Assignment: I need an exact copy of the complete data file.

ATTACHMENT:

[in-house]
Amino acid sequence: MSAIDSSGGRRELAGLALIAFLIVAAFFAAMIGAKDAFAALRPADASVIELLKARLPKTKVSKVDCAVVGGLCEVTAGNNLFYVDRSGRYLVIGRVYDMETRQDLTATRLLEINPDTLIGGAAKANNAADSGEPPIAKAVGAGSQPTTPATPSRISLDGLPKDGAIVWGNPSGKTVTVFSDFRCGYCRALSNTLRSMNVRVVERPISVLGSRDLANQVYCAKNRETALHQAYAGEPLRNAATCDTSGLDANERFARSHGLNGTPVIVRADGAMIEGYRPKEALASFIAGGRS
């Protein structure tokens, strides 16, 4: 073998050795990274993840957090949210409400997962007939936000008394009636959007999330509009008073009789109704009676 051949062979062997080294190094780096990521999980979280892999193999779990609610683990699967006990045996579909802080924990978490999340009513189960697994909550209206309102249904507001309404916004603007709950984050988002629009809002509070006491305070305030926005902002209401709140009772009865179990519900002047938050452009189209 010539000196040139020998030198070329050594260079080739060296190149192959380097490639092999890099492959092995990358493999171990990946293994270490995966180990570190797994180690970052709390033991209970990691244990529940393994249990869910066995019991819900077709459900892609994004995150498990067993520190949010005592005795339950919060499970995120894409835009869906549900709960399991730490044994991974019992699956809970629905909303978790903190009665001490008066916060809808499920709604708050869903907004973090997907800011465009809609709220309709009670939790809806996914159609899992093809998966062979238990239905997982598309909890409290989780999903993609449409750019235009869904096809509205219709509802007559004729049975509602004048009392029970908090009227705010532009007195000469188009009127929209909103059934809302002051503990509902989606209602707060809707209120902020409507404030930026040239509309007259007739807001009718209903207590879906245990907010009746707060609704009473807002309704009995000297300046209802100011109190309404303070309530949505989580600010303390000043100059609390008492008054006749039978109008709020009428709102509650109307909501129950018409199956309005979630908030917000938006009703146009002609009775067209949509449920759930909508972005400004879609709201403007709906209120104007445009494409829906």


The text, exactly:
[in-house]
Amino acid sequence: MSAIDSSGGRRELAGLALIAFLIVAAFFAAMIGAKDAFAALRPADASVIELLKARLPKTKVSKVDCAVVGGLCEVTAGNNLFYVDRSGRYLVIGRVYDMETRQDLTATRLLEINPDTLIGGAAKANNAADSGEPPIAKAVGAGSQPTTPATPSRISLDGLPKDGAIVWGNPSGKTVTVFSDFRCGYCRALSNTLRSMNVRVVERPISVLGSRDLANQVYCAKNRETALHQAYAGEPLRNAATCDTSGLDANERFARSHGLNGTPVIVRADGAMIEGYRPKEALASFIAGGRS
């Protein structure tokens, strides 16, 4: 073998050795990274993840957090949210409400997962007939936000008394009636959007999330509009008073009789109704009676 051949062979062997080294190094780096990521999980979280892999193999779990609610683990699967006990045996579909802080924990978490999340009513189960697994909550209206309102249904507001309404916004603007709950984050988002629009809002509070006491305070305030926005902002209401709140009772009865179990519900002047938050452009189209 010539000196040139020998030198070329050594260079080739060296190149192959380097490639092999890099492959092995990358493999171990990946293994270490995966180990570190797994180690970052709390033991209970990691244990529940393994249990869910066995019991819900077709459900892609994004995150498990067993520190949010005592005795339950919060499970995120894409835009869906549900709960399991730490044994991974019992699956809970629905909303978790903190009665001490008066916060809808499920709604708050869903907004973090997907800011465009809609709220309709009670939790809806996914159609899992093809998966062979238990239905997982598309909890409290989780999903993609449409750019235009869904096809509205219709509802007559004729049975509602004048009392029970908090009227705010532009007195000469188009009127929209909103059934809302002051503990509902989606209602707060809707209120902020409507404030930026040239509309007259007739807001009718209903207590879906245990907010009746707060609704009473807002309704009995000297300046209802100011109190309404303070309530949505989580600010303390000043100059609390008492008054006749039978109008709020009428709102509650109307909501129950018409199956309005979630908030917000938006009703146009002609009775067209949509449920759930909508972005400004879609709201403007709906209120104007445009494409829906």